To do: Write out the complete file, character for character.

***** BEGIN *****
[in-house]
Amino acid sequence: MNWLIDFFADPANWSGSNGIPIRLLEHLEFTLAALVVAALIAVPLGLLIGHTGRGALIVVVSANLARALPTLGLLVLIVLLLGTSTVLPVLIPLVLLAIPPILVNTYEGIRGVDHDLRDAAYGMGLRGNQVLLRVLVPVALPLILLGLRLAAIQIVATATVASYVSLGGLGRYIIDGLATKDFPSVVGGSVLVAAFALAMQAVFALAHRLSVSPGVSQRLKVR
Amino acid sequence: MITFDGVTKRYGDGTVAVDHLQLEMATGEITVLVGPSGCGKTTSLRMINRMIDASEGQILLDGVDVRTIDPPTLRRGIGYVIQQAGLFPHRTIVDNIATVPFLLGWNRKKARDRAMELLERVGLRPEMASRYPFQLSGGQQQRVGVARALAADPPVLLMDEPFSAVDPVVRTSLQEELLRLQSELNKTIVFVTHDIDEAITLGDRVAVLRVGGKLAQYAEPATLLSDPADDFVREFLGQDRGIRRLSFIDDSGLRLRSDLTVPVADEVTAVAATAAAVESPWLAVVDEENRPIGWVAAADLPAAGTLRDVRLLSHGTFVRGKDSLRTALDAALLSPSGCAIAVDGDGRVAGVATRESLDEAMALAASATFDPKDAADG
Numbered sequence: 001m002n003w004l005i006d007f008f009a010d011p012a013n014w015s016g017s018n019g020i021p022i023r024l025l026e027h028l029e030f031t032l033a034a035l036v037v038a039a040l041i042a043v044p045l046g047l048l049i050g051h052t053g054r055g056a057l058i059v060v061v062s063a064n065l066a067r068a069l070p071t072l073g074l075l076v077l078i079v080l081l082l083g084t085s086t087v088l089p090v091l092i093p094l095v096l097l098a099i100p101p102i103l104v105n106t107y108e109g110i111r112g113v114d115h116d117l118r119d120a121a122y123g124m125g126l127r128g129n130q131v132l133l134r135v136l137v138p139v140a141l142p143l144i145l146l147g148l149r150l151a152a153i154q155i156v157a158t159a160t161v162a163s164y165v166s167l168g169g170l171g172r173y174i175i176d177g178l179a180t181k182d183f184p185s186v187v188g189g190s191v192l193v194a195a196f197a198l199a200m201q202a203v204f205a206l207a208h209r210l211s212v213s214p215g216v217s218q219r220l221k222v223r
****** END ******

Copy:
[in-house]
Amino acid sequence: MNWLIDFFADPANWSGSNGIPIRLLEHLEFTLAALVVAALIAVPLGLLIGHTGRGALIVVVSANLARALPTLGLLVLIVLLLGTSTVLPVLIPLVLLAIPPILVNTYEGIRGVDHDLRDAAYGMGLRGNQVLLRVLVPVALPLILLGLRLAAIQIVATATVASYVSLGGLGRYIIDGLATKDFPSVVGGSVLVAAFALAMQAVFALAHRLSVSPGVSQRLKVR
Amino acid sequence: MITFDGVTKRYGDGTVAVDHLQLEMATGEITVLVGPSGCGKTTSLRMINRMIDASEGQILLDGVDVRTIDPPTLRRGIGYVIQQAGLFPHRTIVDNIATVPFLLGWNRKKARDRAMELLERVGLRPEMASRYPFQLSGGQQQRVGVARALAADPPVLLMDEPFSAVDPVVRTSLQEELLRLQSELNKTIVFVTHDIDEAITLGDRVAVLRVGGKLAQYAEPATLLSDPADDFVREFLGQDRGIRRLSFIDDSGLRLRSDLTVPVADEVTAVAATAAAVESPWLAVVDEENRPIGWVAAADLPAAGTLRDVRLLSHGTFVRGKDSLRTALDAALLSPSGCAIAVDGDGRVAGVATRESLDEAMALAASATFDPKDAADG
Numbered sequence: 001m002n003w004l005i006d007f008f009a010d011p012a013n014w015s016g017s018n019g020i021p022i023r024l025l026e027h028l029e030f031t032l033a034a035l036v037v038a039a040l041i042a043v044p045l046g047l048l049i050g051h052t053g054r055g056a057l058i059v060v061v062s063a064n065l066a067r068a069l070p071t072l073g074l075l076v077l078i079v080l081l082l083g084t085s086t087v088l089p090v091l092i093p094l095v096l097l098a099i100p101p102i103l104v105n106t107y108e109g110i111r112g113v114d115h116d117l118r119d120a121a122y123g124m125g126l127r128g129n130q131v132l133l134r135v136l137v138p139v140a141l142p143l144i145l146l147g148l149r150l151a152a153i154q155i156v157a158t159a160t161v162a163s164y165v166s167l168g169g170l171g172r173y174i175i176d177g178l179a180t181k182d183f184p185s186v187v188g189g190s191v192l193v194a195a196f197a198l199a200m201q202a203v204f205a206l207a208h209r210l211s212v213s214p215g216v217s218q219r220l221k222v223r